No doubt about it, the Big Apple is a pedestrian town: according to the New York City Department of Transportation (DOT), over eight million people tread the city’s approximately 12,750 square miles of sidewalks each day.
New Yorkers are accustomed to traipsing through all types of inclement weather, but during the harsh winter months, making one’s way from Point A to Point B becomes even more of a battle. Winter weather creates hazardous conditions that can be extremely dangerous for both drivers and pedestrians, and while there are city agencies responsible for monitoring and dealing with the icy side effects of freezing temperatures and winter storms on public roadways, taking care of slippery sidewalks is a responsibility that falls more squarely upon the shoulders of civilians—including co-op and condo boards.
The City Side
The DOT is the agency that monitors and controls sidewalk repairs across the five boroughs. In 1992, the DOT created the Office of Sidewalk Management (OSM) to promote the issue of pedestrian safety to educate and inform the public regarding responsibilities and procedures for maintaining sidewalks in safe condition.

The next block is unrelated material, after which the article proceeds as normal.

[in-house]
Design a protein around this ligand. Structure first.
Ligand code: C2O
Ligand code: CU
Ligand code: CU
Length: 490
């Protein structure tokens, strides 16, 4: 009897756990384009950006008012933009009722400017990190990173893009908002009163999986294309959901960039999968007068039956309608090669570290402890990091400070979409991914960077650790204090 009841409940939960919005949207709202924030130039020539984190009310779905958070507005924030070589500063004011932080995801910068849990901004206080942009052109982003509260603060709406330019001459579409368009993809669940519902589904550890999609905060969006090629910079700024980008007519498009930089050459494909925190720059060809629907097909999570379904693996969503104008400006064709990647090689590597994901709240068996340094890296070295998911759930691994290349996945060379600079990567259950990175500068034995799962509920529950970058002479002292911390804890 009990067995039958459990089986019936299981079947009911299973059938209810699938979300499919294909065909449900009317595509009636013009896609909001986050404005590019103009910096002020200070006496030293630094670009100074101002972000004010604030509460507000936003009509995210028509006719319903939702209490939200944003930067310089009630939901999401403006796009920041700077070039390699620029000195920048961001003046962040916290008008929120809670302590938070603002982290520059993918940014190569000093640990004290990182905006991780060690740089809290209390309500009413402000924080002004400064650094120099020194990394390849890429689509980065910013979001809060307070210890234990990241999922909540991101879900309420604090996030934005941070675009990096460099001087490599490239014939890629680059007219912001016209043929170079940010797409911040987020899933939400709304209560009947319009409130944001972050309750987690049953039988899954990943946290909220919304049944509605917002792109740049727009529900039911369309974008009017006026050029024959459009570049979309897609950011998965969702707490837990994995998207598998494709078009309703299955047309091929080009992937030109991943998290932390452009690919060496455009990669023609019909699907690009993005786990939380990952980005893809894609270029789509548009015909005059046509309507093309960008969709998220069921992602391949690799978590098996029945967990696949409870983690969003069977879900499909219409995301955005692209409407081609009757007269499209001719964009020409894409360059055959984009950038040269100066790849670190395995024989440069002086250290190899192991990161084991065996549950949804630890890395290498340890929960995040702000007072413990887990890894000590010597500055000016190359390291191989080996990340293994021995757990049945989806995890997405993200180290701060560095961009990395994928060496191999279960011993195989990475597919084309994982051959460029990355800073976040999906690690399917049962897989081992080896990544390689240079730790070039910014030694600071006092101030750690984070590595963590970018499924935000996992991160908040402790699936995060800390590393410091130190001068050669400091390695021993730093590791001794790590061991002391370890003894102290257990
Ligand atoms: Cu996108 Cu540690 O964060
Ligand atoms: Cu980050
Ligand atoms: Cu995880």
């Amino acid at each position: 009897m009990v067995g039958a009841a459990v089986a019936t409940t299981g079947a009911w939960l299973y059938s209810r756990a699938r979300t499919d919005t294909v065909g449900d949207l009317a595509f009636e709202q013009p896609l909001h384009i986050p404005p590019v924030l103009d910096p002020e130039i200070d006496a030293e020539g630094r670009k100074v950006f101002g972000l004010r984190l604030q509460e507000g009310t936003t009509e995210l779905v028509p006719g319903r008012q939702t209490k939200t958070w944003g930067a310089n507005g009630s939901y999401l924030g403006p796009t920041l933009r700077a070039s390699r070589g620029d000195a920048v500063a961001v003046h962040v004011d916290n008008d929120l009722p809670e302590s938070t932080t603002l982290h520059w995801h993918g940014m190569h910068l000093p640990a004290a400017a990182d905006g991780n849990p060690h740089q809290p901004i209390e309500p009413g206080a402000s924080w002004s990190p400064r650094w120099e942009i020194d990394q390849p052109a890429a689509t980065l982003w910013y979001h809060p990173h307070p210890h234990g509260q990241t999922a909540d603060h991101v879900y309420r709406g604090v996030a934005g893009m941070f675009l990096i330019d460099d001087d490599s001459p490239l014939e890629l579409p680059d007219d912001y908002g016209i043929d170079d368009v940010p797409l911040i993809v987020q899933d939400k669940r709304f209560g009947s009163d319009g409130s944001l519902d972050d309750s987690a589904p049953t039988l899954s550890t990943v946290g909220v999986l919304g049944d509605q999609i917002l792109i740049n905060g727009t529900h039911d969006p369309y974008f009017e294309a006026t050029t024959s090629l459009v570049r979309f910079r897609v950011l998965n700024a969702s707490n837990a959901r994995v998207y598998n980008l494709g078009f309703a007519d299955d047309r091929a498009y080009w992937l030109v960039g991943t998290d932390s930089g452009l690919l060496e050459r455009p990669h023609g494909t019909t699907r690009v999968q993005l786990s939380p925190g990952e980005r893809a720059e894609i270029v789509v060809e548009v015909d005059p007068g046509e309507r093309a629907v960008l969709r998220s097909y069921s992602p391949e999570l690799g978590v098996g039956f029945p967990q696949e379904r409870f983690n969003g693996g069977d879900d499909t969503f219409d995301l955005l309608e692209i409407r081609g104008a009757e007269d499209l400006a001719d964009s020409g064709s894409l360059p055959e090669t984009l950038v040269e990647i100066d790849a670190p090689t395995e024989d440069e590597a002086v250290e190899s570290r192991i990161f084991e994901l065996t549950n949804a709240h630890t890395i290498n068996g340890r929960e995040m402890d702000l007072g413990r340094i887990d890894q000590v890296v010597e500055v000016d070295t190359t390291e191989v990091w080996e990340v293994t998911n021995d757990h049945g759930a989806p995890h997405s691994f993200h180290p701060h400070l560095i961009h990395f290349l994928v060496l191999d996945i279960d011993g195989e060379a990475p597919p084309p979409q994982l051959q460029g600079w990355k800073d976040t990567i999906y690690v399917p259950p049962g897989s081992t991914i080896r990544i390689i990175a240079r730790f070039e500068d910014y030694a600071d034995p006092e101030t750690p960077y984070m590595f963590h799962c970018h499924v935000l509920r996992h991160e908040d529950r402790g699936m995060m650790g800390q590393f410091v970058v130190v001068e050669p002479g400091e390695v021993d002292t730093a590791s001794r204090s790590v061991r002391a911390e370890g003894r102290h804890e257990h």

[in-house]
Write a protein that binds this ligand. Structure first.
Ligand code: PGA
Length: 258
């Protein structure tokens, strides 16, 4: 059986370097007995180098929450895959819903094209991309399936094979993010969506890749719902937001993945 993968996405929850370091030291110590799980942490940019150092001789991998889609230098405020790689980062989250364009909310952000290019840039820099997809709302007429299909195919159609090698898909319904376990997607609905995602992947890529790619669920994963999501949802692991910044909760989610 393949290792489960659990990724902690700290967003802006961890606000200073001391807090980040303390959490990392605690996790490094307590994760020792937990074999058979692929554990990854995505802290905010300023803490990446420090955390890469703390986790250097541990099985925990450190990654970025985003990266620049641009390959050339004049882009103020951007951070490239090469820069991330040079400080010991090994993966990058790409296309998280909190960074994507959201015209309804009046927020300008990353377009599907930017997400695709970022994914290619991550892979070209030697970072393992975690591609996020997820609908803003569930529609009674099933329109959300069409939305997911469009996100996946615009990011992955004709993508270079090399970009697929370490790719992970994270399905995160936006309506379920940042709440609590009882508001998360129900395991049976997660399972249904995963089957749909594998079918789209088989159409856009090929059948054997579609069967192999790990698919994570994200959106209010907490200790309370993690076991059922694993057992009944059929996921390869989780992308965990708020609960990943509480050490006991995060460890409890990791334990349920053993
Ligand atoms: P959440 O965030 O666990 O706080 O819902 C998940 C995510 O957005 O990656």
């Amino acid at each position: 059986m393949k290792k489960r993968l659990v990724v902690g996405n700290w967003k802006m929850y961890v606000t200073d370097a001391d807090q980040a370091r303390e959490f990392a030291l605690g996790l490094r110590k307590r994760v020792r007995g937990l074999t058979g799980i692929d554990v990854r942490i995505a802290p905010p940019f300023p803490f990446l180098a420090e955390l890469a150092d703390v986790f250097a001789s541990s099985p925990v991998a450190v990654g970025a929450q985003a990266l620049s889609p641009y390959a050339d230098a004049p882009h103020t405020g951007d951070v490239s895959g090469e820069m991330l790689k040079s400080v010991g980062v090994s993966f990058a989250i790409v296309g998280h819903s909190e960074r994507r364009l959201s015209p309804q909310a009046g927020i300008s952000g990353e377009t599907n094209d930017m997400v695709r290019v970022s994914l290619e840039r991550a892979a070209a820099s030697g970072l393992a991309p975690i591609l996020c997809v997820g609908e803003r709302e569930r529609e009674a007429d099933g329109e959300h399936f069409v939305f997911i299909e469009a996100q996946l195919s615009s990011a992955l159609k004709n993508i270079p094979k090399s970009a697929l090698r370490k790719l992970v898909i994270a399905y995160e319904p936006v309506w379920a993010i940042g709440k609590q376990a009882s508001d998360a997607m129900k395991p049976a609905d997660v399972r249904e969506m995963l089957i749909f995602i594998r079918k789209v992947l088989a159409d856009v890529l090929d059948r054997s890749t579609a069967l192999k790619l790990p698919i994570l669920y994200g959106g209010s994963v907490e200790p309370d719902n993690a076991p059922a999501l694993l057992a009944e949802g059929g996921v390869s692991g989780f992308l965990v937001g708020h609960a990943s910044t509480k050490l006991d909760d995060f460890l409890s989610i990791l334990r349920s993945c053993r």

The OSM and the City Charter and the New York City Administrative Code categorize city sidewalks into three major groups: City-owned property; one-, two- and three-family owner-occupied properties; and “four-plus,” which includes all multifamily buildings and commercial properties. According to Diane Altieri of the OSM, “The DOT now focuses its maintenance efforts on sidewalks abutting city property, as well as one-, two-, and three-family owner-occupied properties throughout the five boroughs.” For buildings categorized as “four-plus,” the property owner is responsible for the maintenance and repair of all sidewalks abutting the property.
This specification is fairly recent. According to Robert J. Braverman, a managing partner with the law firm of Braverman & Associates, PC in Manhattan, “Up until a few years ago, the city was responsible for the maintenance and repair of sidewalks. However, the law was changed [in 2002], and now unless the building is a one- to three-family residence—which would exclude almost all co-ops and condominiums—the property owner bears the responsibility” for maintaining those sidewalks.”